Mars One to reveal applicant shortlist


Can Mars One really build a Mars colony within 9 years ?
The final 100 applicants shortlisted to embark on a one-way trip to Mars will be announced next week.

The Netherlands-based organization, which is still moving forward with its plans to send humans to live on the Red Planet, continues to remain something of an enigma in the field of space exploration.

Despite there having never been a manned mission to Mars and with NASA still decades away from attempting such a trip, Mars One believes that it can not only send humans to Mars by 2024 but that it can also set up a fully functioning colony there where these first pioneering explorers will live out the rest of their lives.

Now the company has announced that on Monday it will be revealing its shortlist of 100 applicants who will be vying for a chance to book their seat on the first historic mission. The list has been whittled down from the original 200,000 who put their name forward for the trip.

Home Plate is a plateau roughly 90 m across within the Columbia Hills, Mars. It is informally named for its similarity in shape to abaseball home plate. Home Plate is a rocky outcrop that appears to show layered features.

The plateau has been extensively studied by Spirit, one of the Mars Exploration Rovers, since 2006. The rover became stuck in loose granular material alongside the northeast side of the plateau. The rover last communicated with Earth on March 22, 2010.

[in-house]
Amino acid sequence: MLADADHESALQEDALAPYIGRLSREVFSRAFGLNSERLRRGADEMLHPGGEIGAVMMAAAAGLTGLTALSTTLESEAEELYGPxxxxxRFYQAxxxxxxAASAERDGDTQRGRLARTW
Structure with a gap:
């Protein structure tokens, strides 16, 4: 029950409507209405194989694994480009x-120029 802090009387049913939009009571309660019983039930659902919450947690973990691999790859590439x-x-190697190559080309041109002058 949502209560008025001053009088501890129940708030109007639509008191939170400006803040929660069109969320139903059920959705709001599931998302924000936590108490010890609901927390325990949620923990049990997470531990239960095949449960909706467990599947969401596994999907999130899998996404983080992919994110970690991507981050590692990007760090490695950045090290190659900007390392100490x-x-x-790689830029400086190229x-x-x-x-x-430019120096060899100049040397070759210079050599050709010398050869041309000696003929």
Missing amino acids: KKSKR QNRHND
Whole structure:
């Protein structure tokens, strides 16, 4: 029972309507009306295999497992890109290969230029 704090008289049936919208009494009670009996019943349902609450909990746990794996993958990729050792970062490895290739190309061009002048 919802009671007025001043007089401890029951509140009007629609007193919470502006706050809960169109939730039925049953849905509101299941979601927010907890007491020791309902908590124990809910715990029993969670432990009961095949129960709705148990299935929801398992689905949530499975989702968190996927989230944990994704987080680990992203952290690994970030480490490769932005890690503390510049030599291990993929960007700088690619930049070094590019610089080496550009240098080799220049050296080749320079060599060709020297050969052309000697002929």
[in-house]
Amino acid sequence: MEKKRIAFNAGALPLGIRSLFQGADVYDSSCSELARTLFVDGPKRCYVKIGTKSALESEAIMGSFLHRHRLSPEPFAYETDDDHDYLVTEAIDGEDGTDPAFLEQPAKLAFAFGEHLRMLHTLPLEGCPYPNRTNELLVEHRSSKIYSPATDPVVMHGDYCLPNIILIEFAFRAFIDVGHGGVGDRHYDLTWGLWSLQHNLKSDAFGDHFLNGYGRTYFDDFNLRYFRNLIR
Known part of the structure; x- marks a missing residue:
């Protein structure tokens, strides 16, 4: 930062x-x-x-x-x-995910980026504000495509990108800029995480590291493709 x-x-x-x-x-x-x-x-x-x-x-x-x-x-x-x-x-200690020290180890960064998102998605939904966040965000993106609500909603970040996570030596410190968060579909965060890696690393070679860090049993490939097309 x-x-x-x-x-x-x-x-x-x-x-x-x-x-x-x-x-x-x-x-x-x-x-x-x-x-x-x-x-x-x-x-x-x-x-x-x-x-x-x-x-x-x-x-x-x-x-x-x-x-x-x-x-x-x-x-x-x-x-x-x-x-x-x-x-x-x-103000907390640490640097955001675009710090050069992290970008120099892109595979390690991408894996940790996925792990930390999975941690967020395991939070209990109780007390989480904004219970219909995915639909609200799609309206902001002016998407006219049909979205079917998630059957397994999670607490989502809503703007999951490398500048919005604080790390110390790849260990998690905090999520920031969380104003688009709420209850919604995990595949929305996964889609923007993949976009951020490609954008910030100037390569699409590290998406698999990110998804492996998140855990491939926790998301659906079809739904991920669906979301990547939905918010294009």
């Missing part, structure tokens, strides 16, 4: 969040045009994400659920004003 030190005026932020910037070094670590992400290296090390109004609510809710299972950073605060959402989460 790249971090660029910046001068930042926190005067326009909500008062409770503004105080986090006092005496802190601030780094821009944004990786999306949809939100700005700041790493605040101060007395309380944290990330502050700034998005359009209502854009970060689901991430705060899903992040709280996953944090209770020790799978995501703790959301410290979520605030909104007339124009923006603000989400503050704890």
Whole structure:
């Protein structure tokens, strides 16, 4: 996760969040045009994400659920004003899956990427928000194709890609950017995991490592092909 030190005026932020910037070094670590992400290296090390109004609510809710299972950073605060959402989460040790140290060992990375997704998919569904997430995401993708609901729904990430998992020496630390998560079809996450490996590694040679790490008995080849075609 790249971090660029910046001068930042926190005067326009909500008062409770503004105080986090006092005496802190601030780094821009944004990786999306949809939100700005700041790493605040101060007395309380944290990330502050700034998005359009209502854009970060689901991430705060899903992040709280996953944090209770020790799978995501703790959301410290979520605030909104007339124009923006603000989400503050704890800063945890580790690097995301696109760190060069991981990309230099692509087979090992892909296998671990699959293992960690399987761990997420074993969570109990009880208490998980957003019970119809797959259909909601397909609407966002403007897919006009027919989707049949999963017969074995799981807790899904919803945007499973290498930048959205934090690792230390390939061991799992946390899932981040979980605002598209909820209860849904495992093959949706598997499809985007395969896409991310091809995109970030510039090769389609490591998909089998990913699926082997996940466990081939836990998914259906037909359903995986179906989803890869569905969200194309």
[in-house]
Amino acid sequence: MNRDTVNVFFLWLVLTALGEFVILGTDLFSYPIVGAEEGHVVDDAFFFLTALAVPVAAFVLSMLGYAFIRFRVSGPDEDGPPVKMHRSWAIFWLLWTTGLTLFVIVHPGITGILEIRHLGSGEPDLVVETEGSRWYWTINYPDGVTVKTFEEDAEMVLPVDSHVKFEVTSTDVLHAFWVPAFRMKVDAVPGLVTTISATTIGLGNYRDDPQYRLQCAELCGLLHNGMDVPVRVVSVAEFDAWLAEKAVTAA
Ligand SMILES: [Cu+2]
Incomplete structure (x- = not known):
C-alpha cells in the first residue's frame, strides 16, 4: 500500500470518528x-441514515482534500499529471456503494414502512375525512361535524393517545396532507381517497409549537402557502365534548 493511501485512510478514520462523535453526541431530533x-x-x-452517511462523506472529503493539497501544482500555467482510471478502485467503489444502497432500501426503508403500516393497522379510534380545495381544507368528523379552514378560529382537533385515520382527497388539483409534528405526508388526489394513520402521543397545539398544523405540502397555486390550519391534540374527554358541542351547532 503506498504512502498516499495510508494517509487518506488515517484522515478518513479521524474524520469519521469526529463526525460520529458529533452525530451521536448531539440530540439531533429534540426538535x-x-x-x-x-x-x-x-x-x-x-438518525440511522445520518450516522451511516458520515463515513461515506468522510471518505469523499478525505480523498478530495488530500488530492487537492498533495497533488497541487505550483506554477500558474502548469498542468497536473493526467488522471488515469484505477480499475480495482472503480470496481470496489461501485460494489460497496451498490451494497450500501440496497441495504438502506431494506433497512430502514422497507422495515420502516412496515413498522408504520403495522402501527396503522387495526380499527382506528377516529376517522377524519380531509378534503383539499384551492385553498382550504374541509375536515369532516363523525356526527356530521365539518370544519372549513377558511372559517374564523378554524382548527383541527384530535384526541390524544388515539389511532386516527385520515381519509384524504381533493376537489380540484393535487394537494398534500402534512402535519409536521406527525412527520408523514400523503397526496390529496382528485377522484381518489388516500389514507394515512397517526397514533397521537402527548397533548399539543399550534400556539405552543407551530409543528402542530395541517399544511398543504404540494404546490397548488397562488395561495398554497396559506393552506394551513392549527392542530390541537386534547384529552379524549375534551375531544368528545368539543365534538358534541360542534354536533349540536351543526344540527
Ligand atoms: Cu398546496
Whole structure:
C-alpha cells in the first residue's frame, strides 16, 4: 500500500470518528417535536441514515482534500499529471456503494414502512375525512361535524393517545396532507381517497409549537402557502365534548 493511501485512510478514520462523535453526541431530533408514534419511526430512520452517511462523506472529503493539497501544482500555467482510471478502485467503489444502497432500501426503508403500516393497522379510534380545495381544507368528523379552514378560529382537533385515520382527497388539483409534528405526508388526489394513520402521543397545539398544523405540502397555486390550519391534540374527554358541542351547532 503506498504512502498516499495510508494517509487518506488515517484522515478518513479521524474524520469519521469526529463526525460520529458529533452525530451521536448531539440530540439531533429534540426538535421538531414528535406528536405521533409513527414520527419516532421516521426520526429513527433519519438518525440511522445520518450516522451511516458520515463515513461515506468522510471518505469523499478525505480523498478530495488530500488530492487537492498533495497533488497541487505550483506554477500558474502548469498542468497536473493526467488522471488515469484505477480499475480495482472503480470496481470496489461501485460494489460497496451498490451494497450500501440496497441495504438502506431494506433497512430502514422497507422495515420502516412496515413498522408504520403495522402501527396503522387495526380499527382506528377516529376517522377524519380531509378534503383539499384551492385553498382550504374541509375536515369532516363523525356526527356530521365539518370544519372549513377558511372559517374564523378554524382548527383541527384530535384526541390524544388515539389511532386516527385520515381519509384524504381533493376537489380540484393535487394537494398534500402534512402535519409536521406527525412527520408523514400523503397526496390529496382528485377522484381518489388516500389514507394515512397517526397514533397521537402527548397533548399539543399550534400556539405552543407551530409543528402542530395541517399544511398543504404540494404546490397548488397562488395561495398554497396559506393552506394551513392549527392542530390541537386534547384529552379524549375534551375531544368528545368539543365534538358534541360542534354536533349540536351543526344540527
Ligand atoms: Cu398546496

Scientists now believe that Home Plate is an explosive volcanic deposit. It is surrounded by deposits of basalt, which are believed to have exploded on contact with water. The presence of brine is further supported by the high concentration of chloride ions in the surrounding rocks. The presence of bomb sags (laminae typically found in beds of volcanish ash) seems to confirm this hypothesis.

A patch of 90% pure opaline silicon dioxide was unearthed by Spirit in the vicinity of Home Plate. The patch is believed to be formed in acidic hydrothermal conditions, which supports the theory that Home Plate is of an explosive volcanic origin. Water is also present as mineral hydrates.

Since 2008, scientists believe that this formation is an example of an eroded, ancient, and extinct fumarole.

The next step in the process will be to send a satellite to Mars in 2018, a rover in 2020 and a cargo vessel with a habitation module in 2022 for the first colonists to live in.

Critics however argue that the technology to accomplish such an endeavor simply isn’t there yet and that any attempt to send humans to Mars so soon will almost certainly end in disaster.